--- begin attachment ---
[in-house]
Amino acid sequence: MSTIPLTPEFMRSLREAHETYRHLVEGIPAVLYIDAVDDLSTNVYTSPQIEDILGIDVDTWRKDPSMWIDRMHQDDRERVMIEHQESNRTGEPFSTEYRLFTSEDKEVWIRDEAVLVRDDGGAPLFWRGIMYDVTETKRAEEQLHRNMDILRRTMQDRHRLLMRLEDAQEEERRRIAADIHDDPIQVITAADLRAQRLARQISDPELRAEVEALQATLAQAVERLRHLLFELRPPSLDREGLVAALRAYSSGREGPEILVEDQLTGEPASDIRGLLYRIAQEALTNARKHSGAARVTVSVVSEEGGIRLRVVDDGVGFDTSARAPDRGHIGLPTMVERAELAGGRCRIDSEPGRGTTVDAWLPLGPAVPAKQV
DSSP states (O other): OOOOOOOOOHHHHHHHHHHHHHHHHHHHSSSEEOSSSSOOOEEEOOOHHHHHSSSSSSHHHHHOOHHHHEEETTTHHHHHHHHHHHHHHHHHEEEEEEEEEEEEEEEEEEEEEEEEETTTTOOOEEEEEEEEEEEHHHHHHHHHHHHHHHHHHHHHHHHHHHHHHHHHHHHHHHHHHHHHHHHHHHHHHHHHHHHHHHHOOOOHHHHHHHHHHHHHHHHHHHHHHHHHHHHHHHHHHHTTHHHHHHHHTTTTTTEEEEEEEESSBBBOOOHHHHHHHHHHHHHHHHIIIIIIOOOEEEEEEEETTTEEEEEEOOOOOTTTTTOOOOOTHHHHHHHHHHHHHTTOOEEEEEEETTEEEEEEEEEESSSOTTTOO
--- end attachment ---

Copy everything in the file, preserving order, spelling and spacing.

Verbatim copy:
[in-house]
Amino acid sequence: MSTIPLTPEFMRSLREAHETYRHLVEGIPAVLYIDAVDDLSTNVYTSPQIEDILGIDVDTWRKDPSMWIDRMHQDDRERVMIEHQESNRTGEPFSTEYRLFTSEDKEVWIRDEAVLVRDDGGAPLFWRGIMYDVTETKRAEEQLHRNMDILRRTMQDRHRLLMRLEDAQEEERRRIAADIHDDPIQVITAADLRAQRLARQISDPELRAEVEALQATLAQAVERLRHLLFELRPPSLDREGLVAALRAYSSGREGPEILVEDQLTGEPASDIRGLLYRIAQEALTNARKHSGAARVTVSVVSEEGGIRLRVVDDGVGFDTSARAPDRGHIGLPTMVERAELAGGRCRIDSEPGRGTTVDAWLPLGPAVPAKQV
DSSP states (O other): OOOOOOOOOHHHHHHHHHHHHHHHHHHHSSSEEOSSSSOOOEEEOOOHHHHHSSSSSSHHHHHOOHHHHEEETTTHHHHHHHHHHHHHHHHHEEEEEEEEEEEEEEEEEEEEEEEEETTTTOOOEEEEEEEEEEEHHHHHHHHHHHHHHHHHHHHHHHHHHHHHHHHHHHHHHHHHHHHHHHHHHHHHHHHHHHHHHHHOOOOHHHHHHHHHHHHHHHHHHHHHHHHHHHHHHHHHHHTTHHHHHHHHTTTTTTEEEEEEEESSBBBOOOHHHHHHHHHHHHHHHHIIIIIIOOOEEEEEEEETTTEEEEEEOOOOOTTTTTOOOOOTHHHHHHHHHHHHHTTOOEEEEEEETTEEEEEEEEEESSSOTTTOO